toggle visibility Search & Display Options

Select All    Deselect All
 |   | 
Details
   print
  Records Links
Author Elvidge, C.D.; Imhoff, M.L.; Baugh, K.E.; Hobson, V.R.; Nelson, I.; Safran, J.; Dietz, J.B.; Tuttle, B.T. url  doi
openurl 
  Title Night-time lights of the world: 1994–1995 Type Journal Article
  Year 2001 Publication ISPRS Journal of Photogrammetry and Remote Sensing Abbreviated Journal ISPRS Journal of Photogrammetry and Remote Sensing  
  Volume 56 Issue 2 Pages 81-99  
  Keywords Remote Sensing  
  Abstract The Defense Meteorological Satellite Program (DMSP) Operational Linescan System (OLS) has a unique low-light imaging capability developed for the detection of clouds using moonlight. In addition to moonlit clouds, the OLS also detects lights from human settlements, fires, gas flares, heavily lit fishing boats, lightning and the aurora. By analysing the location, frequency, and appearance of lights observed in an image time series, it is possible to distinguish four primary types of lights present at the earth's surface: human settlements, gas flares, fires, and fishing boats. We have produced a global map of the four types of light sources as observed during a 6-month time period in 1994–1995. We review a number of environmental applications that have been developed or proposed based on the night-time light data. We examine the relationship between area of lighting, population, economic activity, electric power consumption, and energy related carbon emissions for 200 nations, representing 99% of the world's population.  
  Address  
  Corporate Author Thesis  
  Publisher Place of Publication Editor  
  Language Summary Language Original Title  
  Series Editor Series Title Abbreviated Series Title  
  Series Volume Series Issue Edition  
  ISSN 0924-2716 ISBN Medium  
  Area Expedition Conference  
  Notes (up) Approved no  
  Call Number GFZ @ kyba @ Serial 2009  
Permanent link to this record
 

 
Author Kurvers, R.H.J.M.; Drägestein, J.; Hölker, F.; Jechow, A.; Krause, J.; Bierbach, D. url  doi
openurl 
  Title Artificial Light at Night Affects Emergence from a Refuge and Space Use in Guppies Type Journal Article
  Year 2018 Publication Scientific Reports Abbreviated Journal Sci Rep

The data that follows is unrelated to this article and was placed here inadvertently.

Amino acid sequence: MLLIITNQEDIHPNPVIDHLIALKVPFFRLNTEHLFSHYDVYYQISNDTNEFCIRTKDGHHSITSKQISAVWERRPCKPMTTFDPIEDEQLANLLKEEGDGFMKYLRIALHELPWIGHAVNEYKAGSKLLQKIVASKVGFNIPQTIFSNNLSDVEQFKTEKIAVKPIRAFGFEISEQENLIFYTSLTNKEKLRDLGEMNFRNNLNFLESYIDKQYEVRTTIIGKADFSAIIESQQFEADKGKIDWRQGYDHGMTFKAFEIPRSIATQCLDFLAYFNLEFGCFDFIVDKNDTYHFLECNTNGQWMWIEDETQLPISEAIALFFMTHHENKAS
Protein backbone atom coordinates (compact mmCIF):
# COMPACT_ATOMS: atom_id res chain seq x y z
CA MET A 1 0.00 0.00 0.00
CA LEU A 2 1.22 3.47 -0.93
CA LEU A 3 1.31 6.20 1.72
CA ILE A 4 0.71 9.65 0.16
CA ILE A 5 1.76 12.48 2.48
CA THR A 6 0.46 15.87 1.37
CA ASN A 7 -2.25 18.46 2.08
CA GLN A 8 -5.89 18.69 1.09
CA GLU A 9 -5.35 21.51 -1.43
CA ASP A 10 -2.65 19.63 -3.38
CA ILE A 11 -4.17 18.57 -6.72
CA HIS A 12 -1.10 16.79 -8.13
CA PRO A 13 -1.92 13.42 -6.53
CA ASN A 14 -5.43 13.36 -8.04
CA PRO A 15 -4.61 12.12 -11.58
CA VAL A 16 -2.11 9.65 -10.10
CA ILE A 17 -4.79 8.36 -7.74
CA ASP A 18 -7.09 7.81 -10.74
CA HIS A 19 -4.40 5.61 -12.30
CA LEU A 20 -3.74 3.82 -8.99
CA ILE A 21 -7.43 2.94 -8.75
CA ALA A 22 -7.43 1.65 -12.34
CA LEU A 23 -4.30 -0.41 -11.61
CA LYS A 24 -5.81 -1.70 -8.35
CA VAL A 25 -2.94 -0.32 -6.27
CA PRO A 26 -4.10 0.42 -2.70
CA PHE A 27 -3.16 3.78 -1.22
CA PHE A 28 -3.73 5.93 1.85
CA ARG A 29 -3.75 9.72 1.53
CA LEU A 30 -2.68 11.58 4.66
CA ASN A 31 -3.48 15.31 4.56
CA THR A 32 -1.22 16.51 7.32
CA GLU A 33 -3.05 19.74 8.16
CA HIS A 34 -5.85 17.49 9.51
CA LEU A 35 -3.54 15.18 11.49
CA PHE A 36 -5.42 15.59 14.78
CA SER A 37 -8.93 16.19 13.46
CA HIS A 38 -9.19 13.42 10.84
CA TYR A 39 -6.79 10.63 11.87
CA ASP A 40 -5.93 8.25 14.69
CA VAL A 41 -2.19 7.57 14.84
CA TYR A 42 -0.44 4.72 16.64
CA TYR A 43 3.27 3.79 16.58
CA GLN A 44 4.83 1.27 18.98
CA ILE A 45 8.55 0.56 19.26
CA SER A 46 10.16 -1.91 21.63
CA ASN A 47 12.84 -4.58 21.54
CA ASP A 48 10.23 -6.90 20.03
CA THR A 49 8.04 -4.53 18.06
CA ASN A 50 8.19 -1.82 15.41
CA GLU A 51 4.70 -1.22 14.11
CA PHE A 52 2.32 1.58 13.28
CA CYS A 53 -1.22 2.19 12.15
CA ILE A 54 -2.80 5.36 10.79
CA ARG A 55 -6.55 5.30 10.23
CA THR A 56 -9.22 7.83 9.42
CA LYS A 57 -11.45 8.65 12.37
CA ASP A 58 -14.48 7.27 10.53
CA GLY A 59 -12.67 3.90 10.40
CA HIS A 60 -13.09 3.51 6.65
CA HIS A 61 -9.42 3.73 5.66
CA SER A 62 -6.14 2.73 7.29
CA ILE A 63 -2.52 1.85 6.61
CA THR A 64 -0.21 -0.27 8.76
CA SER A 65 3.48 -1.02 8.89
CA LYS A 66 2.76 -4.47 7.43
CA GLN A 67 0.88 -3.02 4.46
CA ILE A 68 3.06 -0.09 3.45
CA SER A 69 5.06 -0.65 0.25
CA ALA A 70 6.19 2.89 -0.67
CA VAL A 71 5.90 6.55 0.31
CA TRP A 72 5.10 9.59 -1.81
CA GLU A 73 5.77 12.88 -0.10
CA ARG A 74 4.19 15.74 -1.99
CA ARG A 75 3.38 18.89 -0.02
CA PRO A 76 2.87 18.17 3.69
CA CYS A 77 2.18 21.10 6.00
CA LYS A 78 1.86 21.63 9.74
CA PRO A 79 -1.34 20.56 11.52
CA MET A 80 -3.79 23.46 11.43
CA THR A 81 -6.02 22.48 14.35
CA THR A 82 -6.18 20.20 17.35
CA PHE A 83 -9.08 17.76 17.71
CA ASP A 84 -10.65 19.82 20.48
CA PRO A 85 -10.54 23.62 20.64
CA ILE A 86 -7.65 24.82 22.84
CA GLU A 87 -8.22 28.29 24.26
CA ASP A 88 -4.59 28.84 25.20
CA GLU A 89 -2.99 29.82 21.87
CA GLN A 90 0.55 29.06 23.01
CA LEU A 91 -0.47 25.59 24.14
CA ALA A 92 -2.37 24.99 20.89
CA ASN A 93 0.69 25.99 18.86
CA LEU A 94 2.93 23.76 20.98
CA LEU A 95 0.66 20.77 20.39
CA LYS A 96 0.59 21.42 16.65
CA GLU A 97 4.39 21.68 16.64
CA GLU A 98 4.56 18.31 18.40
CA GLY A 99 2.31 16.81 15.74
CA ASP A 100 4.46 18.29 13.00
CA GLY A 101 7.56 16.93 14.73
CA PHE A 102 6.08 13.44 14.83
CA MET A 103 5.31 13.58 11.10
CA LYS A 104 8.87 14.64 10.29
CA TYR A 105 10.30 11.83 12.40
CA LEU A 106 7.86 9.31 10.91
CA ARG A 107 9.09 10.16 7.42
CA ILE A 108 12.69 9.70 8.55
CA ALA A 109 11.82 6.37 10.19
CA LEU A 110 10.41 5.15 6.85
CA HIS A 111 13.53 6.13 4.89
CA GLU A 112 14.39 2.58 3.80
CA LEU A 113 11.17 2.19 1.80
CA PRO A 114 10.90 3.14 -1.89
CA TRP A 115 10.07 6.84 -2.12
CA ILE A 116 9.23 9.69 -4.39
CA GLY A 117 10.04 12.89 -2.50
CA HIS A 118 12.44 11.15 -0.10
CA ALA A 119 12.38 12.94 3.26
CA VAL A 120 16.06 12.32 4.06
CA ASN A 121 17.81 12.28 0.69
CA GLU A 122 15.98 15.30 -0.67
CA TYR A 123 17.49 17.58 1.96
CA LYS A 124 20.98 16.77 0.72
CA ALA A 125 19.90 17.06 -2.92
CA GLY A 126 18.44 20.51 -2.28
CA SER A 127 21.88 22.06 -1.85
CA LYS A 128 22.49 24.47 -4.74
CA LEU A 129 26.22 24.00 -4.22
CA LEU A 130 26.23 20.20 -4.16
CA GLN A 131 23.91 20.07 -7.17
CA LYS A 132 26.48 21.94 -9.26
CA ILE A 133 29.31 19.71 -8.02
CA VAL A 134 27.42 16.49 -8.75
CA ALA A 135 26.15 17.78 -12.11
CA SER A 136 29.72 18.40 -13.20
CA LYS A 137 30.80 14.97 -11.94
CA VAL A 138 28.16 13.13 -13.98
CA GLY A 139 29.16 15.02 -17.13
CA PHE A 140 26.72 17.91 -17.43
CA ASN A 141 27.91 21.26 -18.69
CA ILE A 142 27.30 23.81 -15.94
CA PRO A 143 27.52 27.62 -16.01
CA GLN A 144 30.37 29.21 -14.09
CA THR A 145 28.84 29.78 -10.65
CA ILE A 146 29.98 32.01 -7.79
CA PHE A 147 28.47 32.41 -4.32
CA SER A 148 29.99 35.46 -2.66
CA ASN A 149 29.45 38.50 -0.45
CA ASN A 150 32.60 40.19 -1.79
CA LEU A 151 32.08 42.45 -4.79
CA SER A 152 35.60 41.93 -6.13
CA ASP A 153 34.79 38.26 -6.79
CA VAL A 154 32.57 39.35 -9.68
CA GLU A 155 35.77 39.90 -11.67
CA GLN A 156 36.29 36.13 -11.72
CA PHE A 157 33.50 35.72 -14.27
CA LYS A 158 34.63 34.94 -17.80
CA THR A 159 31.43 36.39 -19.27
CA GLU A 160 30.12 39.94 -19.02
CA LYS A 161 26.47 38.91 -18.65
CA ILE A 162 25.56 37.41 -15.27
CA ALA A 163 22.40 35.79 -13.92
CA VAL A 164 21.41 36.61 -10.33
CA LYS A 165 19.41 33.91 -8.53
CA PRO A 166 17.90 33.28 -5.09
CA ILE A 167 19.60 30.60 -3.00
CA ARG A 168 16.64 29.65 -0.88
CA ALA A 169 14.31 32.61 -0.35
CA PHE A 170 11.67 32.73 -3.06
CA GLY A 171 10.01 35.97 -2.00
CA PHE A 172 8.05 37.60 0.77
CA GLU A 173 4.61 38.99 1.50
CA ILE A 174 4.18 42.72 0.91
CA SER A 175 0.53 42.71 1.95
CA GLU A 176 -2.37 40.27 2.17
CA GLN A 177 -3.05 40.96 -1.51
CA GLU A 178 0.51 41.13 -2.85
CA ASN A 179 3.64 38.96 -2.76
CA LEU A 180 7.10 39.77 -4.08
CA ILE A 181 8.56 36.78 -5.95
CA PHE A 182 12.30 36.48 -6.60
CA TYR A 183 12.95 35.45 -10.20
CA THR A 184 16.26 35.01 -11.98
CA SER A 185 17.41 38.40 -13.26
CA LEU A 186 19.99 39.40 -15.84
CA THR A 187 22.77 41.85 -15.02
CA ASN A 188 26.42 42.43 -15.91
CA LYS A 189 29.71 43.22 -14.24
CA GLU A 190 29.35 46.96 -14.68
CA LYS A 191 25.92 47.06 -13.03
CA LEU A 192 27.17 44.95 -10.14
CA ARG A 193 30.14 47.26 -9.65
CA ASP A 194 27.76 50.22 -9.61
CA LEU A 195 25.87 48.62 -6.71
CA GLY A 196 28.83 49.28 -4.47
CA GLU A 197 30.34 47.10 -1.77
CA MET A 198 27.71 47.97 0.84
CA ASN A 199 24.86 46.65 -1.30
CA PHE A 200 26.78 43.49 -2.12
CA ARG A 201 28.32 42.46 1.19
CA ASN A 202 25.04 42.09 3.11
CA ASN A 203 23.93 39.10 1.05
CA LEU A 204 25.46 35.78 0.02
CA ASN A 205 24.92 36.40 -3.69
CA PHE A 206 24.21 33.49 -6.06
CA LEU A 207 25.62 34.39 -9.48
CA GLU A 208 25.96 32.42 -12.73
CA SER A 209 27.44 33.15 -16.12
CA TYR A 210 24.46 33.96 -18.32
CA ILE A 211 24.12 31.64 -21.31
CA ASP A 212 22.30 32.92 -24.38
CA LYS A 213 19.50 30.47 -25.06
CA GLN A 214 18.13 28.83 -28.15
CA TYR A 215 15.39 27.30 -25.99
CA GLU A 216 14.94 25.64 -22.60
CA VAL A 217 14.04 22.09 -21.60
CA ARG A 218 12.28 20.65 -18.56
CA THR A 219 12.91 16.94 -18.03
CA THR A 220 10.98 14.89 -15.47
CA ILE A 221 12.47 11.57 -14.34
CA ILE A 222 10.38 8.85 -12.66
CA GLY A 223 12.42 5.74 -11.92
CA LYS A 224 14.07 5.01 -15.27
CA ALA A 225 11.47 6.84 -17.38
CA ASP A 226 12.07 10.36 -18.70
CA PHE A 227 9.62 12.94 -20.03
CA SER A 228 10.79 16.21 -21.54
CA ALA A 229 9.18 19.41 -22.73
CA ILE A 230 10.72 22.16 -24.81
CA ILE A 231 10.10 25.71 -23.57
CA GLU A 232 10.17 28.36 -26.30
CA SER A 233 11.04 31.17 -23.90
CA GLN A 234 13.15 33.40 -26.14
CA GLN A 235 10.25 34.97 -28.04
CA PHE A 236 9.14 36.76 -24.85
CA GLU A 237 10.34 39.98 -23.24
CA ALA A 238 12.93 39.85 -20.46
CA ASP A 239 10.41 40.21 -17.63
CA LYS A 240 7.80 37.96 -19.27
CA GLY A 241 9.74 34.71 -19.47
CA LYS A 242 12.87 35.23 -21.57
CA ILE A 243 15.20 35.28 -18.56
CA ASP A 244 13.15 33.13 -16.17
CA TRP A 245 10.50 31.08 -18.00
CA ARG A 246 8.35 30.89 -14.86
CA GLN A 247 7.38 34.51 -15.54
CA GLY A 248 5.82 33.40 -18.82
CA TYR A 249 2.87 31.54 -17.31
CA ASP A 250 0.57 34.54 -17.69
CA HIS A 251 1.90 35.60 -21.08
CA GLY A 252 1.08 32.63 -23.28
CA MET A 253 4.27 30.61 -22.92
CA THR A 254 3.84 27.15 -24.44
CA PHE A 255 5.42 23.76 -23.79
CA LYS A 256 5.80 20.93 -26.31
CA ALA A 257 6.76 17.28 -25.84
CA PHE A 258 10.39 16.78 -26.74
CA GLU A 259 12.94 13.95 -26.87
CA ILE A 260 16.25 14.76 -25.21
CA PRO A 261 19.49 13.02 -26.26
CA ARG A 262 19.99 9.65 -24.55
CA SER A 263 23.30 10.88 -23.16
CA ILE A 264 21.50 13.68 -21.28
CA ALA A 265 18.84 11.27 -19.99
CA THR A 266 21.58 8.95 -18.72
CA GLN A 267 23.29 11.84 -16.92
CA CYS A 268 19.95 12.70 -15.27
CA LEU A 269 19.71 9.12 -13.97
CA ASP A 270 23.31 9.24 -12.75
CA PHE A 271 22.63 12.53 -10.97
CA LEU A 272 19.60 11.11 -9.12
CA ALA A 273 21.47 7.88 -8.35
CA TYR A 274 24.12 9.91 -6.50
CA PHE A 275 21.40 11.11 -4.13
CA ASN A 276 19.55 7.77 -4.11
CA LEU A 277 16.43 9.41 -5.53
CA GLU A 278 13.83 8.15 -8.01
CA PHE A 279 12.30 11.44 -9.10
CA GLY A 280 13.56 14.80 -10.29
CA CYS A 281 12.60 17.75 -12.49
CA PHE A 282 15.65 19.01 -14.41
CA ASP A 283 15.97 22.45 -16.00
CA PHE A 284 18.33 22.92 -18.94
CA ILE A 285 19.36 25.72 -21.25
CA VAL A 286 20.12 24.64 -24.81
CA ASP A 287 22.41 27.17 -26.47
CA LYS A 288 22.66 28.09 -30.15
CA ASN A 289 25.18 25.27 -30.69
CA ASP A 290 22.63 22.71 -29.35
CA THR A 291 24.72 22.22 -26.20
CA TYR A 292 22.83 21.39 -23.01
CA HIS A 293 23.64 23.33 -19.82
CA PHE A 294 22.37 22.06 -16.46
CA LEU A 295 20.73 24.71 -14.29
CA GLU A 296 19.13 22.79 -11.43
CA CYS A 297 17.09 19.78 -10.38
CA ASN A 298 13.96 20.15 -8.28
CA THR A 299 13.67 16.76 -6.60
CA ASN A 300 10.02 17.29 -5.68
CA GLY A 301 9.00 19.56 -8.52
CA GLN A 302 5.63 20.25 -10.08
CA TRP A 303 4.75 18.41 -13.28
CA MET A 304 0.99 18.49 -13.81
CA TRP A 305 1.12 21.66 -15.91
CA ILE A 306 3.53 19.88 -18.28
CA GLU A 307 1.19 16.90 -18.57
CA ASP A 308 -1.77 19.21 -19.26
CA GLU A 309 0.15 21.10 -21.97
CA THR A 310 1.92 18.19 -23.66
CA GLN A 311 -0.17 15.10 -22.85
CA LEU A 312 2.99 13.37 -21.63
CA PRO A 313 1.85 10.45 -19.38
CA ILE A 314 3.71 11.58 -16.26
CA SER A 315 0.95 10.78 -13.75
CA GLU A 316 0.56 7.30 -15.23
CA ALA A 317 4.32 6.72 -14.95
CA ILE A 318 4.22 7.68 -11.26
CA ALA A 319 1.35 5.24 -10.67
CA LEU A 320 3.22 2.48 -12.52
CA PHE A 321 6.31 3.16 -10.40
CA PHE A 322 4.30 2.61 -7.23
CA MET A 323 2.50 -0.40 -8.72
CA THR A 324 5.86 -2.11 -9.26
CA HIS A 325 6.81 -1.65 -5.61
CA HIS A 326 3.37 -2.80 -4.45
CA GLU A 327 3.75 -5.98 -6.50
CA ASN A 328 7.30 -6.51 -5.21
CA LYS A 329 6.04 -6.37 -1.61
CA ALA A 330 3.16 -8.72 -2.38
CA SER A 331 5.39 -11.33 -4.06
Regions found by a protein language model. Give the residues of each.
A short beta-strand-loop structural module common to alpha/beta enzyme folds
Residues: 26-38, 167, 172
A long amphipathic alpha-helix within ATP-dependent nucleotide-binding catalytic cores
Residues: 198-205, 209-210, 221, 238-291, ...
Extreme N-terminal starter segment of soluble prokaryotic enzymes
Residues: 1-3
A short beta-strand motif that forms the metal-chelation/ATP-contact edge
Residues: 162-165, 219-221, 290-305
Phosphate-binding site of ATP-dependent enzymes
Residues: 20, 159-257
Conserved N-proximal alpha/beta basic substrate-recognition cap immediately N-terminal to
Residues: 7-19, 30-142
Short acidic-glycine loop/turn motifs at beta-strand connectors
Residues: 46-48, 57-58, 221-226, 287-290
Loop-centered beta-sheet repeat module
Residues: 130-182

Volume 8 Issue 1 Pages  
  Keywords Animals  
  Abstract Artificial light at night (ALAN) is a major form of anthropogenic pollution. ALAN is well known to affect different behaviours during nighttime, when changes in light conditions often have immediate consequences for the trade-offs individuals experience. How ALAN affects daytime behaviours, however, has received far less attention. Here we studied how ALAN affected daytime personality traits and learning ability. We exposed Trinidadian guppies, Poecilia reticulata, for 10 weeks to different ALAN levels: bright light (24 hrs bright light, ~5,000 lx), dim light (12 hrs bright light; 12 hrs dim light, ~0.5 lx) and control (12 hrs bright light; 12 hrs dark). Afterwards, we tested how the treatments affected diurnal emergence from a refuge, space use, activity, sociability and the ability to memorize the location of companion fish. Individuals exposed to the light treatments (both dim and bright light) emerged quicker from a refuge and fish from the bright light treatment spent relatively more time in the open area of the arena. ALAN did not affect any of the other behaviours, although memory could not be tested since fish did not learn the companions’ location. Our results demonstrate that ALAN, next to affecting nocturnal behaviours, can also affect key diurnal behavioural processes, associated with risk-taking.  
  Address  
  Corporate Author Thesis  
  Publisher Place of Publication Editor  
  Language Summary Language Original Title  
  Series Editor Series Title Abbreviated Series Title  
  Series Volume Series Issue Edition  
  ISSN 2045-2322 ISBN Medium  
  Area Expedition Conference  
  Notes (up) Approved no  
  Call Number GFZ @ kyba @ Serial 2013  
Permanent link to this record
 

 
Author Kinzey, B.R.; Perrin, T.E.; Miller, N.J.; Kocifaj, M.; Aubé, M.; Lamphar, H.A. openurl 
  Title An investigation of LED street lighting's impact on sky glow Type Journal Article
  Year 2017 Publication Abbreviated Journal  
  Volume PNNL-26411 Issue Pages  
  Keywords Skyglow; Lighting